Skip to main page content
Access keys NCBI Homepage MyNCBI Homepage Main Content Main Navigation
Randomized Controlled Trial
, 109 (5), 989-99

Influence of Cerebral and Muscle Oxygenation on Repeated-Sprint Ability

Affiliations
Randomized Controlled Trial

Influence of Cerebral and Muscle Oxygenation on Repeated-Sprint Ability

Kurt J Smith et al. Eur J Appl Physiol.

Abstract

The study examined the influence of cerebral (prefrontal cortex) and muscle (vastus lateralis) oxygenation on the ability to perform repeated, cycling sprints. Thirteen team-sport athletes performed ten, 10-s sprints (with 30 s of rest) under normoxic (F(I)O(2) 0.21) and acute hypoxic (F(I)O(2) 0.13) conditions in a randomised, single-blind fashion and crossover design. Mechanical work was calculated and arterial O(2) saturation (S(p)O(2)) was estimated via pulse oximetry for every sprint. Cerebral and muscle oxy-(O(2)Hb), deoxy-(HHb), and total haemoglobin (THb) were monitored continuously by near-infrared spectroscopy. Compared with normoxia, hypoxia induced larger decrements in S(p)O(2) and work (11.6 and 7.6%, respectively; P < 0.05). In the muscle, we observed a fairly constant level of deoxygenation across sprints, with no effect of the condition. In normoxia, regional cerebral oxygenation increased during the first two sprints and slightly fluctuated thereafter. In contrast, this initial cerebral hyper-oxygenation was attenuated in hypoxia. Changes in [O(2)Hb] and [HHb] occurred earlier and were larger in hypoxia compared with normoxia (P < 0.05), while regional blood volume (Delta[THb]) remained unaffected by the condition. Changes in cerebral [HHb] and mechanical work were strongly correlated in normoxia and hypoxia (R(2) = 0.81 and R(2) = 0.85, respectively; P < 0.05), although the slope of this relationship differed (normoxia, -351.3 +/- 183.3 vs. hypoxia, -442.4 +/- 227.2; P < 0.05). The results of this NIRS study show that O(2) availability influences prefrontal cortex, but not muscle, oxygenation during repeated, short sprints. By using a hypoxia paradigm, the study suggests that cerebral oxygenation contributes to the impairment of repeated-sprint ability.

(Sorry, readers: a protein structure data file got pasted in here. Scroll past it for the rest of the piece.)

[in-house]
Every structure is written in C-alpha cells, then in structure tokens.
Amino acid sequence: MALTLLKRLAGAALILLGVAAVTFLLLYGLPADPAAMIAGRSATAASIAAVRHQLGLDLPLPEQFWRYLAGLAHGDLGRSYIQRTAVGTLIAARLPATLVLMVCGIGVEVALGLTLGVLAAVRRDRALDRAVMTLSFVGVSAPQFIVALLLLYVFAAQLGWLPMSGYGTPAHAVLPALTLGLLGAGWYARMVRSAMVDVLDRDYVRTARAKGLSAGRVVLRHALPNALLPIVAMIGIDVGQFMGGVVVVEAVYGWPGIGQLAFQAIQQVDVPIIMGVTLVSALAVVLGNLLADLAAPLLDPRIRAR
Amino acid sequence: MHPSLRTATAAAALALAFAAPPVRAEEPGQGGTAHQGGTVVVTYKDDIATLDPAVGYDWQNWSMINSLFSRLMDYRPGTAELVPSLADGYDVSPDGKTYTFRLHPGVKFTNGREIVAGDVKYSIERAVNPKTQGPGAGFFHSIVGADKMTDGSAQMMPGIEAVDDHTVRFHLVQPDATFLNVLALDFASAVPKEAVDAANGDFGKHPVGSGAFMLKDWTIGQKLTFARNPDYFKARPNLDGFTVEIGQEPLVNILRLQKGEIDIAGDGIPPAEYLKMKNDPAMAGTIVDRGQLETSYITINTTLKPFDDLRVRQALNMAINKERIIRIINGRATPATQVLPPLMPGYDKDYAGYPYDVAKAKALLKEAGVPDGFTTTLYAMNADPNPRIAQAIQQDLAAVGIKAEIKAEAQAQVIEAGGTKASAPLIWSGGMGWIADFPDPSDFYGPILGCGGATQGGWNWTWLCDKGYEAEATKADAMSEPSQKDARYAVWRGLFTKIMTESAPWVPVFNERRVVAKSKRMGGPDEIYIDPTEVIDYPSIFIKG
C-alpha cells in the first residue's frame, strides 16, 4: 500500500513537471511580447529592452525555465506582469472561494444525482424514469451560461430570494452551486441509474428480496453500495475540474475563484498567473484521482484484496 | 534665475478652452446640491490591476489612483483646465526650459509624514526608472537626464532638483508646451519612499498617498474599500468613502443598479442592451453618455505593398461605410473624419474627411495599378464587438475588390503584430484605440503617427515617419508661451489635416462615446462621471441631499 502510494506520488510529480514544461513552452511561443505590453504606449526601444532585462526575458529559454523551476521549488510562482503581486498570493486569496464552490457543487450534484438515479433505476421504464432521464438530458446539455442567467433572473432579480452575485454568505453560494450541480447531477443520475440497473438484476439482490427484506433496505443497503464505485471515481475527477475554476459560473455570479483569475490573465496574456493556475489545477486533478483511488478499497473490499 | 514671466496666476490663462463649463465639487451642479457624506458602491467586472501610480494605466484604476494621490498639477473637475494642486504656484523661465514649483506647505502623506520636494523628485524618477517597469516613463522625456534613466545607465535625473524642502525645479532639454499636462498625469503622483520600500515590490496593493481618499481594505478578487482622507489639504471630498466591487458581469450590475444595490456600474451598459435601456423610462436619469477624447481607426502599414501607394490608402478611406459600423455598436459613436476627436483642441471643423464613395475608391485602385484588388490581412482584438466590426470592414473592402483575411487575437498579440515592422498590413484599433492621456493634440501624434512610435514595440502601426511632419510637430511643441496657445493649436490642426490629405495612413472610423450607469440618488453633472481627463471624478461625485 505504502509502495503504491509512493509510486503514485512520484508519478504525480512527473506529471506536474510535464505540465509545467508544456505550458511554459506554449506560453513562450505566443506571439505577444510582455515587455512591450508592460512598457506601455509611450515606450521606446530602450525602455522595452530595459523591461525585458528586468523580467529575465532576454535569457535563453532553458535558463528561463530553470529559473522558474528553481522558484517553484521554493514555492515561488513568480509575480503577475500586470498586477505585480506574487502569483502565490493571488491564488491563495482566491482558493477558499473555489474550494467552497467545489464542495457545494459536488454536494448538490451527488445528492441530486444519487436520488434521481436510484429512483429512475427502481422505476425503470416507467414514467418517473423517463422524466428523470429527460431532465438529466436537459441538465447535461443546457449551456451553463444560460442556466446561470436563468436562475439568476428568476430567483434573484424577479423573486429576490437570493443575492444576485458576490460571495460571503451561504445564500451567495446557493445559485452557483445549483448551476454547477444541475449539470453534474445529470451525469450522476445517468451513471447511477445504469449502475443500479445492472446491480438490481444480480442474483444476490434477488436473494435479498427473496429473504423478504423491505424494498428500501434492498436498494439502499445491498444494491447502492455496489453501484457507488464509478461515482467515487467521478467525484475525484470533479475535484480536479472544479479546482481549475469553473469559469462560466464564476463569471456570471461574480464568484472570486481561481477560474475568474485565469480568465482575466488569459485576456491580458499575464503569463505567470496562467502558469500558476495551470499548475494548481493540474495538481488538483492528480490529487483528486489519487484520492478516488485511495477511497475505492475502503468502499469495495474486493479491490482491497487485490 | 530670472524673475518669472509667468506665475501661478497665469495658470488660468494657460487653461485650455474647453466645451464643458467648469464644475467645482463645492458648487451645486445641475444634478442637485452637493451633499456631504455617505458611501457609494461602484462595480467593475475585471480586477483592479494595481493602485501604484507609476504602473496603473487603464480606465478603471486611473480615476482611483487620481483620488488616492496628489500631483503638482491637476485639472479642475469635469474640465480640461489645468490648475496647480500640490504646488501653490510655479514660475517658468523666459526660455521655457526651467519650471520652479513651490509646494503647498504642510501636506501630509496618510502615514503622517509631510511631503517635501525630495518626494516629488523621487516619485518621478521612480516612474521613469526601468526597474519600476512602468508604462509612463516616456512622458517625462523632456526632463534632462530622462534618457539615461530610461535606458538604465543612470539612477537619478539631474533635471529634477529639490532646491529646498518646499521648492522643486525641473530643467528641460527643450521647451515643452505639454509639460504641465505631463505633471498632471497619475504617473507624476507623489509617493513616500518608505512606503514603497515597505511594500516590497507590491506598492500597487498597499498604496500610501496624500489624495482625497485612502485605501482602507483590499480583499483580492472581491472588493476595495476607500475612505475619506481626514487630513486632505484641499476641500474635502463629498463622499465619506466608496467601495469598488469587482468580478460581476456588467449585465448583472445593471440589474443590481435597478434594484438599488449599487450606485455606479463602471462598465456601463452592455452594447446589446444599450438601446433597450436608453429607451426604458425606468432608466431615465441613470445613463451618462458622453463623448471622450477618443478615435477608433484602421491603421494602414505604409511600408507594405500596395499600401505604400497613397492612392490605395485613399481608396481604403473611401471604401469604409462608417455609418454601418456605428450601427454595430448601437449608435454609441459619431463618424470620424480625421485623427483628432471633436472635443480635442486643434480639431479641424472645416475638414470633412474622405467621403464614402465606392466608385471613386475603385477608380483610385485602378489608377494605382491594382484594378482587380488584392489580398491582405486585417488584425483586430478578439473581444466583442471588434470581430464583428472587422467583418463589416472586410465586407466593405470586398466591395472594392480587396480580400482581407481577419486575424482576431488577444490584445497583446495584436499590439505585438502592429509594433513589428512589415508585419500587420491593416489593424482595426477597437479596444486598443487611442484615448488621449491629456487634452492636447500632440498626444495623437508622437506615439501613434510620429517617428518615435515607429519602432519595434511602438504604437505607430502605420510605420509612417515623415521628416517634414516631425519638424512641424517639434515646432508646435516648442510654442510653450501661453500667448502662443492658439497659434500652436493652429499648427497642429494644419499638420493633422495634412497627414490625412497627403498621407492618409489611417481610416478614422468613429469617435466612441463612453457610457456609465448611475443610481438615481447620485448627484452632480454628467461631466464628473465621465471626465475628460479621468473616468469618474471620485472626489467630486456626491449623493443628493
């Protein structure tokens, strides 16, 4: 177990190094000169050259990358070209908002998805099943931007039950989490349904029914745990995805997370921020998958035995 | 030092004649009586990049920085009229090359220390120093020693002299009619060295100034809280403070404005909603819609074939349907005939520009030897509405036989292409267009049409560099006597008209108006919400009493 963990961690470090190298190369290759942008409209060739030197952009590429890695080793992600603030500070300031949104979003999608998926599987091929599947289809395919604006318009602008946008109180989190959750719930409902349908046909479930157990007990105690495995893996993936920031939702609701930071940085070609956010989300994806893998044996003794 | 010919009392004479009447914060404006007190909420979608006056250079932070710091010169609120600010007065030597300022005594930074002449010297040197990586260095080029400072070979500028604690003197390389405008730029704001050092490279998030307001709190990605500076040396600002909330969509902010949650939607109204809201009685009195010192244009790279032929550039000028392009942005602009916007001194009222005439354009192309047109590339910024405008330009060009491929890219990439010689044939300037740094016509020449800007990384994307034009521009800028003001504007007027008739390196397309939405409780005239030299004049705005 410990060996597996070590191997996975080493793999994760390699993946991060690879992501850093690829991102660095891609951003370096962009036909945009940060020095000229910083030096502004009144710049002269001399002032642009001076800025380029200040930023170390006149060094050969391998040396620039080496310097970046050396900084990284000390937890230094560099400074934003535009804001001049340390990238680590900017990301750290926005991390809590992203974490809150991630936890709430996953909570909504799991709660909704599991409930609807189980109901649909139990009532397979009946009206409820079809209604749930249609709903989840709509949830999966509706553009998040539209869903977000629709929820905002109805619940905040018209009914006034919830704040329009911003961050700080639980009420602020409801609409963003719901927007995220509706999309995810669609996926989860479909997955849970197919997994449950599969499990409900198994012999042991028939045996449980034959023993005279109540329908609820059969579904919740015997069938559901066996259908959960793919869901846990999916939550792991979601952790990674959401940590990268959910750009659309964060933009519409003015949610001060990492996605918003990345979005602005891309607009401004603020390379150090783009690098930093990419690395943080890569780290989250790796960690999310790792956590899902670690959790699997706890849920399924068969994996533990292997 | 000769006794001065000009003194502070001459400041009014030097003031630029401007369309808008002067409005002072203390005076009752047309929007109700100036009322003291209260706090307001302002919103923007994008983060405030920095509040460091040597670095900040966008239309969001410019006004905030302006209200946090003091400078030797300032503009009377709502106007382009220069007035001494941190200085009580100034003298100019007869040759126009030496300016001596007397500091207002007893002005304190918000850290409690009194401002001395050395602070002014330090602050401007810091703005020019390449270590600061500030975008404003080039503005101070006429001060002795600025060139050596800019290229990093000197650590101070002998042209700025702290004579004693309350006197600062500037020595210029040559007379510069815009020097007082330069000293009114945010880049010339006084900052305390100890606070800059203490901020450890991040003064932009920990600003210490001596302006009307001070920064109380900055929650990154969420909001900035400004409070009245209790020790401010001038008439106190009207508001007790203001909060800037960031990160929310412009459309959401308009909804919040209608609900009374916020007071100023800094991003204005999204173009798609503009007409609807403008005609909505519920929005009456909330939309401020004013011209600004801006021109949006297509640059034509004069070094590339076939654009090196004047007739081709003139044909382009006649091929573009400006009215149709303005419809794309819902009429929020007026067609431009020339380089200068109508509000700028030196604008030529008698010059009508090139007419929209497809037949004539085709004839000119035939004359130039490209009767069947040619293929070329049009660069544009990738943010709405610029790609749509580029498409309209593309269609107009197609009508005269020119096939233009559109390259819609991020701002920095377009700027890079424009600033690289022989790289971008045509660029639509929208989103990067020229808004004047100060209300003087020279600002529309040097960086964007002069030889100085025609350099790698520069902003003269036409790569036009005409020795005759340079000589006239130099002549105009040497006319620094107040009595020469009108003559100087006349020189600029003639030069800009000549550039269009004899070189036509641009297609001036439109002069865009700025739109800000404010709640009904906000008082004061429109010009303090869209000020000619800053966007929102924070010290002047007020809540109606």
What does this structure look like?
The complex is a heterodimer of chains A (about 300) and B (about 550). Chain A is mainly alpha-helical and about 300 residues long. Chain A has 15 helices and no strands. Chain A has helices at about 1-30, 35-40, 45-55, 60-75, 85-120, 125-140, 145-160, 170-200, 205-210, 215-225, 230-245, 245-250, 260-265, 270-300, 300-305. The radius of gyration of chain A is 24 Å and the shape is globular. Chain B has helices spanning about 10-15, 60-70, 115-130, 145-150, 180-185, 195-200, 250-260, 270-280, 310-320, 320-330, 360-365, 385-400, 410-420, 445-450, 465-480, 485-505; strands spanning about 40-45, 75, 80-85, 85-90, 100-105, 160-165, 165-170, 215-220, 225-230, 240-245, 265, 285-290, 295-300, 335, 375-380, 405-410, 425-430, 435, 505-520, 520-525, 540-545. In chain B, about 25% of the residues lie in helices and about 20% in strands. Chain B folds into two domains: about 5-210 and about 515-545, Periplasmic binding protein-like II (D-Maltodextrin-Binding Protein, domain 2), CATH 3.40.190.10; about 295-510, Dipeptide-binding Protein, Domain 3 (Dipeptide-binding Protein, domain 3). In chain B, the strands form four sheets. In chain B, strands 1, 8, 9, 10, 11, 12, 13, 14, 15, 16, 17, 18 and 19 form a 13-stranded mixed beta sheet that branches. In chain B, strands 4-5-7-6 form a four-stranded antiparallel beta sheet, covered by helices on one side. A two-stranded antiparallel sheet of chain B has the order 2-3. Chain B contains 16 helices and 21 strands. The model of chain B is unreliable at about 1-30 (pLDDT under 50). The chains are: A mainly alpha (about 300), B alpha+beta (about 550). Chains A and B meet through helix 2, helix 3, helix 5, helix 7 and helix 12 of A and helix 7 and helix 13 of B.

Similar articles

See all similar articles

Cited by 46 articles

See all "Cited by" articles

References

    1. Eur J Appl Physiol Occup Physiol. 1993;67(1):20-5 - PubMed
    1. Am J Physiol. 1999 Jun;276(6 Pt 2):R1682-90 - PubMed
    1. J Appl Physiol (1985). 2008 Mar;104(3):861-70 - PubMed
    1. J Physiol. 1986 Oct;379:451-9 - PubMed
    1. Am J Physiol. 1992 Mar;262(3 Pt 1):C766-75 - PubMed

Publication types

LinkOut - more resources

Feedback